Michigan’s Special Education Proposals Alarm Teachers, Parents

The Michigan Department of Education Office of Special Education has proposed a list of changes concerning how children with special needs are identified and how they are taught. For many teachers and parents, the formation of the 19 page proposal was unexpected and troubling, writes Shawn D. Lewis of Detroit News. A summation of the changes included evaluation in order to be eligible for special needs programs; an outline of the qualified professionals who would determine this eligibility; and making clear that the student who is eligible would maintain the designation of special needs student until graduation from high school with diploma.

Some parents of special ed students said they did not know that the hearing was going to take place. Others said they were not given time to read and understand the proposal.

Lois Lofton-Doniver, secretary and treasurer of the American Federation of Teachers and the union’s education issues coordinator for Michigan, said the changes would affect the power parents have in speaking for their children.

“Michigan has a history of being above the guidelines of the (Individuals with Disabilities Education Act),” she said. “But now it appears that we are going to be at federal guidelines, which are generic because they must address the entire country.”

The proposed changes would establish a new instructor profile, with instructors not needing a master’s in special education and also being categorized as a “teacher consultant.” The TC would also not be required to have the normal requisite three years of classroom experience.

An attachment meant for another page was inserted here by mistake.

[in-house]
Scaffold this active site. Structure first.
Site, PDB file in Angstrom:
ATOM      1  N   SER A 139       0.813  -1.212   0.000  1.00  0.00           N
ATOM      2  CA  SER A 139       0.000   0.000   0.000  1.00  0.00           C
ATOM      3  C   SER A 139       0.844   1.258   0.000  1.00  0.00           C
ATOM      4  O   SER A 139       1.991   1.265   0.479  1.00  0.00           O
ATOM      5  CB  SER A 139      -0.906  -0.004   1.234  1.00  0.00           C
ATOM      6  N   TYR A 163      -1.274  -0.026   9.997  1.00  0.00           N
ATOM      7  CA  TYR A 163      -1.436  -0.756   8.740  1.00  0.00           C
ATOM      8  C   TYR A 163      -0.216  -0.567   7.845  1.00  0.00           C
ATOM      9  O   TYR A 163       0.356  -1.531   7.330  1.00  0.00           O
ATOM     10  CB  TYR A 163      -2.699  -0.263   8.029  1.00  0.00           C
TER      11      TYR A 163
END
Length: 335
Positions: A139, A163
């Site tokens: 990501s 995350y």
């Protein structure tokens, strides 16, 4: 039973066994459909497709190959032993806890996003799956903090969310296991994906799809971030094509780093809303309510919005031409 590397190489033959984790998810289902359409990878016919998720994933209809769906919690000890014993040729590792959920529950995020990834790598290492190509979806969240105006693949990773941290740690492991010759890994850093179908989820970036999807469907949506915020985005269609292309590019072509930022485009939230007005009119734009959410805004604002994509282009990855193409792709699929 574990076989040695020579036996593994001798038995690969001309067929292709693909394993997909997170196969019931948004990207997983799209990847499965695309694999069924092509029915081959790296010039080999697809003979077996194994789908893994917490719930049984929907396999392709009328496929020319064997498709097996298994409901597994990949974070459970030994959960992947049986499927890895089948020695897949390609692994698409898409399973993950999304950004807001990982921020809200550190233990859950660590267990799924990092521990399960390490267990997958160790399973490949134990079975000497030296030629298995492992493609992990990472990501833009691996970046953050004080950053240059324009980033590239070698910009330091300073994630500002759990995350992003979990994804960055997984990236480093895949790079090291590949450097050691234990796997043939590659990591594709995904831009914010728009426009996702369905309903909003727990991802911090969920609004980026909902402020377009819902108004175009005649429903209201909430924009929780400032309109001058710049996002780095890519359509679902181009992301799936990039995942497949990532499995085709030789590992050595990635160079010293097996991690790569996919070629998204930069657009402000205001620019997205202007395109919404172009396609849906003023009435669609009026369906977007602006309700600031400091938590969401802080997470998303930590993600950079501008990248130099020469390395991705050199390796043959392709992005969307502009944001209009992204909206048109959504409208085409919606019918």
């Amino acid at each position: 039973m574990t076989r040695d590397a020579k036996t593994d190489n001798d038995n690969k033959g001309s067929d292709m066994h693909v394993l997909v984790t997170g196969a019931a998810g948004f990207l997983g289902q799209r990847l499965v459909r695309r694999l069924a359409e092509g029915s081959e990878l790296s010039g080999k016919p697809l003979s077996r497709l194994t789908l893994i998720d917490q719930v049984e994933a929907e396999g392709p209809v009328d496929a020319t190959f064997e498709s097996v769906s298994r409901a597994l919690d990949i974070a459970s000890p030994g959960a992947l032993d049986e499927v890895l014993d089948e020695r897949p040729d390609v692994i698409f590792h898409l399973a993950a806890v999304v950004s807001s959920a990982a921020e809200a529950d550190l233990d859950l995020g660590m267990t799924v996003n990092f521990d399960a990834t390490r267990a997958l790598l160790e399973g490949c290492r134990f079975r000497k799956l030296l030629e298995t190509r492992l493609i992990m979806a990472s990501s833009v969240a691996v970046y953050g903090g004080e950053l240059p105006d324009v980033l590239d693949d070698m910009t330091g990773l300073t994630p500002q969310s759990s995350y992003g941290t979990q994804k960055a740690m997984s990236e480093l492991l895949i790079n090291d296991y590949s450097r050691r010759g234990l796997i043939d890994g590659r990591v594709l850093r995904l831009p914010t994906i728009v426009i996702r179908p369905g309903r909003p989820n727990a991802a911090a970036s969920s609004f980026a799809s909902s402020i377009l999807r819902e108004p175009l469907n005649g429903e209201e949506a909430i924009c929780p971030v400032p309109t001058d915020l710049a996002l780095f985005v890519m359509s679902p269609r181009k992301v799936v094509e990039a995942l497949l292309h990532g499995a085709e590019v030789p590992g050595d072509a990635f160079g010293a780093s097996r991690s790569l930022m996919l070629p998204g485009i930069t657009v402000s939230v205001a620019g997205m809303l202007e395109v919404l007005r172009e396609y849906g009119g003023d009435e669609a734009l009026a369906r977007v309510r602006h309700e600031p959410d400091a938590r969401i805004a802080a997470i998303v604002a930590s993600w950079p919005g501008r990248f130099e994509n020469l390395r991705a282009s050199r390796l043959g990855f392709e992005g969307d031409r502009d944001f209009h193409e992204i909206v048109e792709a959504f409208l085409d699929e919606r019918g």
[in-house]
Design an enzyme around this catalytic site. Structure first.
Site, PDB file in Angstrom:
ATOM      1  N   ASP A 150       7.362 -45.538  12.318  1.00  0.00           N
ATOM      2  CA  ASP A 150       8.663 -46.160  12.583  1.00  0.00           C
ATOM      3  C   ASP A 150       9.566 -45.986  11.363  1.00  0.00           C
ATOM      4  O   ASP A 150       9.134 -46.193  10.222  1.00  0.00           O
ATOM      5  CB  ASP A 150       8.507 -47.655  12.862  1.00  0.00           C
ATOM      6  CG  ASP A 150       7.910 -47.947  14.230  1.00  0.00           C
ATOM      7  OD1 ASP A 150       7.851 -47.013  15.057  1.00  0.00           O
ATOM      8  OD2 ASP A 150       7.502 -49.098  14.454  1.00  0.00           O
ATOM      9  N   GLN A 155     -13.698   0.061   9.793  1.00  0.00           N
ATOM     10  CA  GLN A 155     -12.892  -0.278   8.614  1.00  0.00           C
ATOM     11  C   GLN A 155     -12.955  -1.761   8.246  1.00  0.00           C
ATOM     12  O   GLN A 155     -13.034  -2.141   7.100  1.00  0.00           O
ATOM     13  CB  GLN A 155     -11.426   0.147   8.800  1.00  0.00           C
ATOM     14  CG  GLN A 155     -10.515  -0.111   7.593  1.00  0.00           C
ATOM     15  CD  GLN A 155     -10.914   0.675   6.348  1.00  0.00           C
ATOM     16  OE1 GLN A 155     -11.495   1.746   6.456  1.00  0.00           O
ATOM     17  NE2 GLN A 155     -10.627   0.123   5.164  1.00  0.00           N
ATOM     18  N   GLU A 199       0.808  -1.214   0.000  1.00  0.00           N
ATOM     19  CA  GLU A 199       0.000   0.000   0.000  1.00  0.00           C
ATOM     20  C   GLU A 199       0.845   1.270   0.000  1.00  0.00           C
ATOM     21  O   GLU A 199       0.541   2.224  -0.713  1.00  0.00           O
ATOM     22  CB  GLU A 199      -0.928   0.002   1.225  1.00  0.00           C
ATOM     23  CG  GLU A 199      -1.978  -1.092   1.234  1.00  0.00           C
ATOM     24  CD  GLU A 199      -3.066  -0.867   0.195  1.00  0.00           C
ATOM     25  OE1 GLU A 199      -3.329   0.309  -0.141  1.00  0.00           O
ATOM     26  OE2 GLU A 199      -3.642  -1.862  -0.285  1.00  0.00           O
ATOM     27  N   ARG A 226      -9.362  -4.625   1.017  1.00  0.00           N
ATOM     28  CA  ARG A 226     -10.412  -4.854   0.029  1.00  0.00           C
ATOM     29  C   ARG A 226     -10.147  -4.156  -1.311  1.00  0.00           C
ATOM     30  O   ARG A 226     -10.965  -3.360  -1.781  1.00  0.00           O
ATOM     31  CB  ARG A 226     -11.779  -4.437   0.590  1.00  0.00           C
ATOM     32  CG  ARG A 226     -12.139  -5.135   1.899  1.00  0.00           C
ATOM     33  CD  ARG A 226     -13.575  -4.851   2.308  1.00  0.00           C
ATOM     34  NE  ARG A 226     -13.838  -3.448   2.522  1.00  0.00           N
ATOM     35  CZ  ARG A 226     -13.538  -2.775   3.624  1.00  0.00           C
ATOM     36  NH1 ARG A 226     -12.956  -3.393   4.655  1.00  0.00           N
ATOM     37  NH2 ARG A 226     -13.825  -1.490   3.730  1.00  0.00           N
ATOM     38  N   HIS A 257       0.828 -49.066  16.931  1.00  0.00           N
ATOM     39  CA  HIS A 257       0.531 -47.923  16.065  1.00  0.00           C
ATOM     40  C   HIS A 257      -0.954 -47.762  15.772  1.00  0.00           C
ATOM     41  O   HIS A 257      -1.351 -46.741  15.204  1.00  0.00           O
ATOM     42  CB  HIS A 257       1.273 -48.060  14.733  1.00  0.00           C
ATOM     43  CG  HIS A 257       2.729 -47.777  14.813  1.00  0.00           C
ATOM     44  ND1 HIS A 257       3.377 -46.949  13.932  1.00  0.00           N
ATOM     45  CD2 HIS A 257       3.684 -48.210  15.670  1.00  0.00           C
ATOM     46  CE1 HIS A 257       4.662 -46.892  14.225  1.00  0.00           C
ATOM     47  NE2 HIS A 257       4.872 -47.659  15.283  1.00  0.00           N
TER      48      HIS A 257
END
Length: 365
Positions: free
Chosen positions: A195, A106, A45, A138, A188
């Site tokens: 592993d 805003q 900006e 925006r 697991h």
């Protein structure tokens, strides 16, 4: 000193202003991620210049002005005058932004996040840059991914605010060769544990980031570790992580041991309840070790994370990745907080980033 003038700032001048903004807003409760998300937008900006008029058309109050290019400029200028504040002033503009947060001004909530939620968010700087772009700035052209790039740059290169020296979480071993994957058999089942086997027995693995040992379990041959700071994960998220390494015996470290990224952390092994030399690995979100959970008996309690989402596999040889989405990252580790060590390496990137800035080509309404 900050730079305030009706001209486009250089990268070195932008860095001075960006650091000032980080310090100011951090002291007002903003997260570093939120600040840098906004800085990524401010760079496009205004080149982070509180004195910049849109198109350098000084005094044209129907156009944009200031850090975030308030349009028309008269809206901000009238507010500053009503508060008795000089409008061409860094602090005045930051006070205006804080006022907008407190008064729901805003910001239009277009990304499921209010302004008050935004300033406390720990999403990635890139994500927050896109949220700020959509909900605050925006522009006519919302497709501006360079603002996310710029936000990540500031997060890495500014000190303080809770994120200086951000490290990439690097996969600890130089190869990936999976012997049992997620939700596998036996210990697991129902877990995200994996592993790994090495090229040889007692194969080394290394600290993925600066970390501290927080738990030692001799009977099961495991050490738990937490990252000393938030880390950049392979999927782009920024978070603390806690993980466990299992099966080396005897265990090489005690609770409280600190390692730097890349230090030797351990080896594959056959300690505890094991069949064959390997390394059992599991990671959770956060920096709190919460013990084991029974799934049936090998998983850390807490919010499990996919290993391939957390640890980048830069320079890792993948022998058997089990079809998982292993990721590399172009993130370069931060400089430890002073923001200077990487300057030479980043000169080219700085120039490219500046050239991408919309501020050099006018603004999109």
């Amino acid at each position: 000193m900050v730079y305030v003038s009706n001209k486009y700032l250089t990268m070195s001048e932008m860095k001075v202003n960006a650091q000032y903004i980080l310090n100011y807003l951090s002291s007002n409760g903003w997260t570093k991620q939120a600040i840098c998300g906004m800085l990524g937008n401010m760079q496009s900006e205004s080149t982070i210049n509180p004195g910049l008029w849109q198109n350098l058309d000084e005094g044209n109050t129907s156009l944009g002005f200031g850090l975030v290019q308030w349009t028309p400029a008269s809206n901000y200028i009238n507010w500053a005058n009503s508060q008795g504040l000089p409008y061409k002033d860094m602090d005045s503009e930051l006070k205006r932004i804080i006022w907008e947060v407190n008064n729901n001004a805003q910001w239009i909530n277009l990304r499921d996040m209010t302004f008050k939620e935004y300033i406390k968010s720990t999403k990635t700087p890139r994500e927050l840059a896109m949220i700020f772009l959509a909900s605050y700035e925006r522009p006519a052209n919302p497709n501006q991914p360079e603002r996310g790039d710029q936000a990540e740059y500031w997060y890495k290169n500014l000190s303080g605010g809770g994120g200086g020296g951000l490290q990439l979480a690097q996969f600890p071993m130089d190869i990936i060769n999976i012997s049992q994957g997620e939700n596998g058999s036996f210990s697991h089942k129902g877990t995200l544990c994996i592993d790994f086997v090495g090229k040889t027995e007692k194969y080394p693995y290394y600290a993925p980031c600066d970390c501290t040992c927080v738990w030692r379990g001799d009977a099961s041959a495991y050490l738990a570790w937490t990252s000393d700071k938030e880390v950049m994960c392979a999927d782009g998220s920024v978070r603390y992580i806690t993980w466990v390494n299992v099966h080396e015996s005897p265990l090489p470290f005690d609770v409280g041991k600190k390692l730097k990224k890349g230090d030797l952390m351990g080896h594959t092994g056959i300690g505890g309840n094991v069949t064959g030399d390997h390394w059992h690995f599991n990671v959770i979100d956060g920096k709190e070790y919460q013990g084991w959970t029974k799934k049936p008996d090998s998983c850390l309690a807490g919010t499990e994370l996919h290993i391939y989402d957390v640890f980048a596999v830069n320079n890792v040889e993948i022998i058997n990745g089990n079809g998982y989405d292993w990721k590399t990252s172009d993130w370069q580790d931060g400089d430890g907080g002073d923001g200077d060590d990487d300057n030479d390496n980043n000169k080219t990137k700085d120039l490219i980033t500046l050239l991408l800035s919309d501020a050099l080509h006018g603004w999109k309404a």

Another change troubling parents and teachers alike is the determination of the number of special needs students assigned to an individual teacher, writes Lori Higgins of Lansing State Journal.

The Michigan Department of Education has said that many parents and teachers are making judgments about the new changes based on erroneous interpretations and mistaken information.  They say that this is Michigan’s effort to conform with federal special education rulings.

One of the hotspots of contention is over the wording of a proposed change that would ask school districts to “review education caseloads and referrals on an annual basis to determine staffing needs.”

The Michigan Alliance for Special Education, co-founded by Marcie Lipsitt, is afraid that the proposal will allow districts in financial trouble to increase the number of students in special learning classes rather then abiding by the current regulations governing the teacher-student ratio. The MDE countered that the intent of the language in the proposal is there only to ensure that annual studies are in place to establish the number of staff members who will be needed for the school year.

Vanessa Keesler, deputy superintendent for education services with the MDE, has also said that as far as parent participation in their children’s education, it will remain an important part of the special needs child’s individual education plan.

“Any time you make a change of this scale in the rules–and these are fairly major changes–you’re going to have confusion,” said Mark McWilliams with Michigan Protection and Advocacy Service.

“The real test is going to be when the rules are in effect and you’ve got the thousands of providers and hundreds of school districts trying to figure out what they’re going to do.”